The end is here for bitcoin in South Korea, it seems, as Reuters is reporting that the government of the Asian nation has officially decided to ban cryptocurrency trading. Police and tax authorities have reportedly been raiding local exchanges on alleged tax evasion charges.
The news dropped the price of bitcoin overnight, as South Korea was one of the world’s most active hubs of crypto activity — and its sudden and unexpected move has left the rest of the world wondering what’s next when it comes to how virtual currency is regulated.
“There are great concerns regarding virtual currencies, and the justice ministry is basically preparing a bill to ban cryptocurrency trading through exchanges,”Justice minister Park Sang-ki noted of the to-be-presented bill that will ban trading of the virtual currency on domestic exchanges. Korea’s president seemed to soften that a bit later on — after markets had reacted to the news — noting that the ban itself had not yet been finalized and was still only one measure being considered.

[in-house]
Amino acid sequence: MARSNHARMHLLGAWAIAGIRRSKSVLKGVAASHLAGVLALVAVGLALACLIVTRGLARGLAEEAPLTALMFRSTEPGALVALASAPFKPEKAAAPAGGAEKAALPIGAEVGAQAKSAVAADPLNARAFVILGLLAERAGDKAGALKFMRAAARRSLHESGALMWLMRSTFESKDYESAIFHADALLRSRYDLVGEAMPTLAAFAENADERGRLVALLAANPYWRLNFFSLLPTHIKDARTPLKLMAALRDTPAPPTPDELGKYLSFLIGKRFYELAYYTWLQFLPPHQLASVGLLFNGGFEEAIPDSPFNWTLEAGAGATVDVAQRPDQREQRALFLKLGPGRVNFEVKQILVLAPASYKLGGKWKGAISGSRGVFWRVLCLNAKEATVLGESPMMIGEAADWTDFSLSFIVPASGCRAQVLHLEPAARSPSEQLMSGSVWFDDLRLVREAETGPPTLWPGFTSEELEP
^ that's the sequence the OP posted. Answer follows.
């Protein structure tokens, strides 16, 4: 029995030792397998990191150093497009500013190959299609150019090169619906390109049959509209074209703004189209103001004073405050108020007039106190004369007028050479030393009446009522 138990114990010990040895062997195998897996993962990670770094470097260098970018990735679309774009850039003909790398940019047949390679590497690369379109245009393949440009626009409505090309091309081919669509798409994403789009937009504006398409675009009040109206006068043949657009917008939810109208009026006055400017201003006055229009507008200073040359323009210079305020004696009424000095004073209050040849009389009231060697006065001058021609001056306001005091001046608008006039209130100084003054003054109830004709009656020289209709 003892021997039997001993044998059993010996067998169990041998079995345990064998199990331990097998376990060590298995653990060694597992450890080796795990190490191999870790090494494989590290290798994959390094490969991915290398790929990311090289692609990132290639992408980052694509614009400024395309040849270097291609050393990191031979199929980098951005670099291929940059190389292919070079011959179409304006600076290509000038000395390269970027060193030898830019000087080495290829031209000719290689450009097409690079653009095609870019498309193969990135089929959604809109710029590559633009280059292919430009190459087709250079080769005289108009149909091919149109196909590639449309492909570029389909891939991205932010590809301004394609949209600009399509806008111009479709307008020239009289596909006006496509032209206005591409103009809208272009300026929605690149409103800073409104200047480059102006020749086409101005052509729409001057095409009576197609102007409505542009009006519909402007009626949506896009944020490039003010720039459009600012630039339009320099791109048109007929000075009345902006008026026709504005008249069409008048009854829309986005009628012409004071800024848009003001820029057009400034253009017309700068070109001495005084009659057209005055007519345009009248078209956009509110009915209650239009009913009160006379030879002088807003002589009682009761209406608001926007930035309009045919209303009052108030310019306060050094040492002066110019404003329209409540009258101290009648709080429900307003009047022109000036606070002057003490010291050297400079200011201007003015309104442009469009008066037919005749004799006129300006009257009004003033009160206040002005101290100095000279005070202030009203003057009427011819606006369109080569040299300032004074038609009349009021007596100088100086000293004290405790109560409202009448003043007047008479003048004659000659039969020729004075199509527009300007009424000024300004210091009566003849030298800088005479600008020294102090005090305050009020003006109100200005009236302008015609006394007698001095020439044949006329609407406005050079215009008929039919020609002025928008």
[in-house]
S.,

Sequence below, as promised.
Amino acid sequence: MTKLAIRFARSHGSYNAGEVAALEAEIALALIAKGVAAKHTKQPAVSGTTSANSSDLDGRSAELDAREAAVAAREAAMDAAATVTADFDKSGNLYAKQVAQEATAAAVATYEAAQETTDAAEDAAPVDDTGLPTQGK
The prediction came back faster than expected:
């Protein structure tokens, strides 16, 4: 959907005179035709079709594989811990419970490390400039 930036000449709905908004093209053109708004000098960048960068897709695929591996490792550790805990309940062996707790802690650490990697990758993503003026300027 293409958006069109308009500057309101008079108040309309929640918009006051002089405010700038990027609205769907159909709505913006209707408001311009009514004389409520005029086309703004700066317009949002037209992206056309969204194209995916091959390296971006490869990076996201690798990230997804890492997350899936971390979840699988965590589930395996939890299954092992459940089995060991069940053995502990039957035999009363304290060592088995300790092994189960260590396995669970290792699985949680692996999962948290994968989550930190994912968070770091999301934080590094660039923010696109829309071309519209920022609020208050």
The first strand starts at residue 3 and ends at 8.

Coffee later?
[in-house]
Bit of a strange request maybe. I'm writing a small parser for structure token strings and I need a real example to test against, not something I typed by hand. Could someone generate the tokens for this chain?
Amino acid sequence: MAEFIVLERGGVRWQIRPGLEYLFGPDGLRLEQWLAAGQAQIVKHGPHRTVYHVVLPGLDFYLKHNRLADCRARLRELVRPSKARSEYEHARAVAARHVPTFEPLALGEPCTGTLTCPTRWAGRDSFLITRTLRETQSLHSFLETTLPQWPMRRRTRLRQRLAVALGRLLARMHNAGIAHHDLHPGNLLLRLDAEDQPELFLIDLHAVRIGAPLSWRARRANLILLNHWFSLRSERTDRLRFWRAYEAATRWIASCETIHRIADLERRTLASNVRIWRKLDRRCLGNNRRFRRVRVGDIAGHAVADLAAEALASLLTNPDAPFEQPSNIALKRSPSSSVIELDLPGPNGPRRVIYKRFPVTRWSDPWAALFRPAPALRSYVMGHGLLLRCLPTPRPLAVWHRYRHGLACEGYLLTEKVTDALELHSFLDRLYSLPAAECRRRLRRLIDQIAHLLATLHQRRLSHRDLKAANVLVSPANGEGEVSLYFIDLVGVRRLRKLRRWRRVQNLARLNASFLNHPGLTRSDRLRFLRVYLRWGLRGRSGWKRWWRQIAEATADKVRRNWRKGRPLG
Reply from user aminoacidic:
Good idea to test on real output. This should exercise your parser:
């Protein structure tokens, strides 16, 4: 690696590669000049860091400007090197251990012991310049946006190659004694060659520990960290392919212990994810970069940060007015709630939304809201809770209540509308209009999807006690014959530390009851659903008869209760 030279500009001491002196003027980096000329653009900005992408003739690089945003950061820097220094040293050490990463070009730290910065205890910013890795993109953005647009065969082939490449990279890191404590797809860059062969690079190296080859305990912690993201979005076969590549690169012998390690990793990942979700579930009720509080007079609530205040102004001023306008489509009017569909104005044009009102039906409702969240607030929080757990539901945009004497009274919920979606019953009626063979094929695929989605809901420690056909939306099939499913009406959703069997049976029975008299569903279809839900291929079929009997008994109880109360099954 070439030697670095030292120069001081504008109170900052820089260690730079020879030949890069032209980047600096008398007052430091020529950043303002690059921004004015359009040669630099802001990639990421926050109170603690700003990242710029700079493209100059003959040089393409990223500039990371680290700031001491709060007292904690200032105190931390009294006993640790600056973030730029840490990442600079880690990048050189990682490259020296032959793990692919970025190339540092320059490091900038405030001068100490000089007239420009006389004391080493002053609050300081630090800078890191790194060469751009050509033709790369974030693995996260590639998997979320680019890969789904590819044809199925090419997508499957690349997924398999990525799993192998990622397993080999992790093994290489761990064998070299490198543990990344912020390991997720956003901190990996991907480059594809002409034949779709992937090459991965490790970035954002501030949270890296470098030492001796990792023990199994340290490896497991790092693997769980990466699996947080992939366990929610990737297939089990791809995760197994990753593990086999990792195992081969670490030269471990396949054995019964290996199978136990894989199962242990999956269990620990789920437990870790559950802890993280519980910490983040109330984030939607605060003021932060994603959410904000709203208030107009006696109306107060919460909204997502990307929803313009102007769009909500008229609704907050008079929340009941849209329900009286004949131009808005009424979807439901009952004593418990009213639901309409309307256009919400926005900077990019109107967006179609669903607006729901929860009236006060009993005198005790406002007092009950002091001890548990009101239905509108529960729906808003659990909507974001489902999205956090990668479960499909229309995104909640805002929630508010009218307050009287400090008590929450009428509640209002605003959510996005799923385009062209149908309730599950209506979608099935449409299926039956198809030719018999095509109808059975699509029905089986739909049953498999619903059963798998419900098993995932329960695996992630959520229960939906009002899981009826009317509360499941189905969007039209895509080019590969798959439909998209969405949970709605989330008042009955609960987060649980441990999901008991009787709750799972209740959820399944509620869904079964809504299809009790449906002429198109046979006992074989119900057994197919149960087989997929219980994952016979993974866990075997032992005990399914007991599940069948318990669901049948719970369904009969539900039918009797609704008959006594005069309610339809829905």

The drafting of the bill, however, will not be enough to ban bitcoin in Korea — a majority of the 297 members of the National Assembly will have to vote in favor of it, and that could take months or even years.
But the news was enough to scare the bitcoin community in-nation, as it tipped off a 21 percent price drop within Korea. However, even with that drop in place, bitcoin in Korea was still trading at a 30 percent premium compared to other countries.
And while industry players are understandably less-than-wholly thrilled by the news, Mun Chong-hyun, chief analyst at EST Security, noted that even this ban probably won’t completely end the industry in-nation and will instead make trading bitcoin in Korea “difficult here, but not impossible.”
“Keen traders, especially hackers, will find it tough to cash out their gains from virtual coin investments in Korea — but they can go overseas, for example Japan,” Mun said.